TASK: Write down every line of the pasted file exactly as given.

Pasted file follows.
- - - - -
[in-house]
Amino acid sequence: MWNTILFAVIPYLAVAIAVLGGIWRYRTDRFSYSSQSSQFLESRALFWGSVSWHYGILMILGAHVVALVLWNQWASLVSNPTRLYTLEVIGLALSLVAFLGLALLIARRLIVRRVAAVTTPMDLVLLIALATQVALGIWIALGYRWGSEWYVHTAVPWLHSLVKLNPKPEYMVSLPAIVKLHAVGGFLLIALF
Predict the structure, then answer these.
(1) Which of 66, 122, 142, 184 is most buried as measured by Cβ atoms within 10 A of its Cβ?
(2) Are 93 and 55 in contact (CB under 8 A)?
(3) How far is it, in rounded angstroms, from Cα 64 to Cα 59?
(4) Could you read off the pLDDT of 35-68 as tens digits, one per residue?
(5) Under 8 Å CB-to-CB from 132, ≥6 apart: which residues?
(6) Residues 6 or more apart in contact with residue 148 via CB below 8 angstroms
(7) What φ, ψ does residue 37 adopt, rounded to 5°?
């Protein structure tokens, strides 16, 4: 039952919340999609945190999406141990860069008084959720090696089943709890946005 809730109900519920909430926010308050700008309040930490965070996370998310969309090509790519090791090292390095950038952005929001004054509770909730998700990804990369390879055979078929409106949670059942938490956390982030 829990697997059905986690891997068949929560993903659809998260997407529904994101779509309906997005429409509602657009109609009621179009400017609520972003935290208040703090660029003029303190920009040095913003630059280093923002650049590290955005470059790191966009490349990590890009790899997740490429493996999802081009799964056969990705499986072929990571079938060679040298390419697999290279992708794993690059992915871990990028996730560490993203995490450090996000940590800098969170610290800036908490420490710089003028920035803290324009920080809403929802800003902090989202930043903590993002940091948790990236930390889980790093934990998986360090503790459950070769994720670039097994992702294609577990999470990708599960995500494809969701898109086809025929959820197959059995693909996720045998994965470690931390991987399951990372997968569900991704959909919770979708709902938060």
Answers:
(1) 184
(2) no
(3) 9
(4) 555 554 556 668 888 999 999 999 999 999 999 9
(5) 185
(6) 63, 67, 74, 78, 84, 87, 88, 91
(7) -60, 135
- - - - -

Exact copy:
[in-house]
Amino acid sequence: MWNTILFAVIPYLAVAIAVLGGIWRYRTDRFSYSSQSSQFLESRALFWGSVSWHYGILMILGAHVVALVLWNQWASLVSNPTRLYTLEVIGLALSLVAFLGLALLIARRLIVRRVAAVTTPMDLVLLIALATQVALGIWIALGYRWGSEWYVHTAVPWLHSLVKLNPKPEYMVSLPAIVKLHAVGGFLLIALF
Predict the structure, then answer these.
(1) Which of 66, 122, 142, 184 is most buried as measured by Cβ atoms within 10 A of its Cβ?
(2) Are 93 and 55 in contact (CB under 8 A)?
(3) How far is it, in rounded angstroms, from Cα 64 to Cα 59?
(4) Could you read off the pLDDT of 35-68 as tens digits, one per residue?
(5) Under 8 Å CB-to-CB from 132, ≥6 apart: which residues?
(6) Residues 6 or more apart in contact with residue 148 via CB below 8 angstroms
(7) What φ, ψ does residue 37 adopt, rounded to 5°?
């Protein structure tokens, strides 16, 4: 039952919340999609945190999406141990860069008084959720090696089943709890946005 809730109900519920909430926010308050700008309040930490965070996370998310969309090509790519090791090292390095950038952005929001004054509770909730998700990804990369390879055979078929409106949670059942938490956390982030 829990697997059905986690891997068949929560993903659809998260997407529904994101779509309906997005429409509602657009109609009621179009400017609520972003935290208040703090660029003029303190920009040095913003630059280093923002650049590290955005470059790191966009490349990590890009790899997740490429493996999802081009799964056969990705499986072929990571079938060679040298390419697999290279992708794993690059992915871990990028996730560490993203995490450090996000940590800098969170610290800036908490420490710089003028920035803290324009920080809403929802800003902090989202930043903590993002940091948790990236930390889980790093934990998986360090503790459950070769994720670039097994992702294609577990999470990708599960995500494809969701898109086809025929959820197959059995693909996720045998994965470690931390991987399951990372997968569900991704959909919770979708709902938060």
Answers:
(1) 184
(2) no
(3) 9
(4) 555 554 556 668 888 999 999 999 999 999 999 9
(5) 185
(6) 63, 67, 74, 78, 84, 87, 88, 91
(7) -60, 135